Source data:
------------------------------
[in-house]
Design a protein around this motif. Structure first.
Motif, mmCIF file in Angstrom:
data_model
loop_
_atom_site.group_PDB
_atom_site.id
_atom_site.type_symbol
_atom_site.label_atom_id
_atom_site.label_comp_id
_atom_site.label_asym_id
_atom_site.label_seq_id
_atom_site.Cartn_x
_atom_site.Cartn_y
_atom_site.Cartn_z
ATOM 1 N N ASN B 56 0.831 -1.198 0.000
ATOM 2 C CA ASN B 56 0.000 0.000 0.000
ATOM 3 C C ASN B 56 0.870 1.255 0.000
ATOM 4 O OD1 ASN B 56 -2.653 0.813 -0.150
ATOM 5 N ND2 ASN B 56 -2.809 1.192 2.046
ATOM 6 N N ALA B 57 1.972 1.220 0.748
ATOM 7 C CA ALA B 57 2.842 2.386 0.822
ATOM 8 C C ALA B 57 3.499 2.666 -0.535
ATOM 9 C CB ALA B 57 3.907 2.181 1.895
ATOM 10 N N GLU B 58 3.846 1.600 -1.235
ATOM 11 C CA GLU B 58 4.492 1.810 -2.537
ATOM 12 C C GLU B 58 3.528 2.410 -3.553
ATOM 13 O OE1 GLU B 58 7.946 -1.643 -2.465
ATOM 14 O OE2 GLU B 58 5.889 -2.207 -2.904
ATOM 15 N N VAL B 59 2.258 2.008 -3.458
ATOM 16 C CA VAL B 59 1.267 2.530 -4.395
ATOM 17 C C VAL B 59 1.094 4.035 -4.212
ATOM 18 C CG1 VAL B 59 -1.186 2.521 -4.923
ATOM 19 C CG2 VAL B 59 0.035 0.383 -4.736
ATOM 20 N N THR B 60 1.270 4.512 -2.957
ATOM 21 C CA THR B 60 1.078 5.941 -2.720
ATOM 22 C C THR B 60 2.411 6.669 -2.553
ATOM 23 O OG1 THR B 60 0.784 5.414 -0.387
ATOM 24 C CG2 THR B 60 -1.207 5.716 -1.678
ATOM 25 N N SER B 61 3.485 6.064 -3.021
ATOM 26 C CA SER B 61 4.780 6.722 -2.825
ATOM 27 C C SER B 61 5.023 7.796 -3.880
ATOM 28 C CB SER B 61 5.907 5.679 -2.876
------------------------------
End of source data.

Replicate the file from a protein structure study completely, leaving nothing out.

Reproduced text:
[in-house]
Design a protein around this motif. Structure first.
Motif, mmCIF file in Angstrom:
data_model
loop_
_atom_site.group_PDB
_atom_site.id
_atom_site.type_symbol
_atom_site.label_atom_id
_atom_site.label_comp_id
_atom_site.label_asym_id
_atom_site.label_seq_id
_atom_site.Cartn_x
_atom_site.Cartn_y
_atom_site.Cartn_z
ATOM 1 N N ASN B 56 0.831 -1.198 0.000
ATOM 2 C CA ASN B 56 0.000 0.000 0.000
ATOM 3 C C ASN B 56 0.870 1.255 0.000
ATOM 4 O OD1 ASN B 56 -2.653 0.813 -0.150
ATOM 5 N ND2 ASN B 56 -2.809 1.192 2.046
ATOM 6 N N ALA B 57 1.972 1.220 0.748
ATOM 7 C CA ALA B 57 2.842 2.386 0.822
ATOM 8 C C ALA B 57 3.499 2.666 -0.535
ATOM 9 C CB ALA B 57 3.907 2.181 1.895
ATOM 10 N N GLU B 58 3.846 1.600 -1.235
ATOM 11 C CA GLU B 58 4.492 1.810 -2.537
ATOM 12 C C GLU B 58 3.528 2.410 -3.553
ATOM 13 O OE1 GLU B 58 7.946 -1.643 -2.465
ATOM 14 O OE2 GLU B 58 5.889 -2.207 -2.904
ATOM 15 N N VAL B 59 2.258 2.008 -3.458
ATOM 16 C CA VAL B 59 1.267 2.530 -4.395
ATOM 17 C C VAL B 59 1.094 4.035 -4.212
ATOM 18 C CG1 VAL B 59 -1.186 2.521 -4.923
ATOM 19 C CG2 VAL B 59 0.035 0.383 -4.736
ATOM 20 N N THR B 60 1.270 4.512 -2.957
ATOM 21 C CA THR B 60 1.078 5.941 -2.720
ATOM 22 C C THR B 60 2.411 6.669 -2.553
ATOM 23 O OG1 THR B 60 0.784 5.414 -0.387
ATOM 24 C CG2 THR B 60 -1.207 5.716 -1.678
ATOM 25 N N SER B 61 3.485 6.064 -3.021
ATOM 26 C CA SER B 61 4.780 6.722 -2.825
ATOM 27 C C SER B 61 5.023 7.796 -3.880
ATOM 28 C CB SER B 61 5.907 5.679 -2.876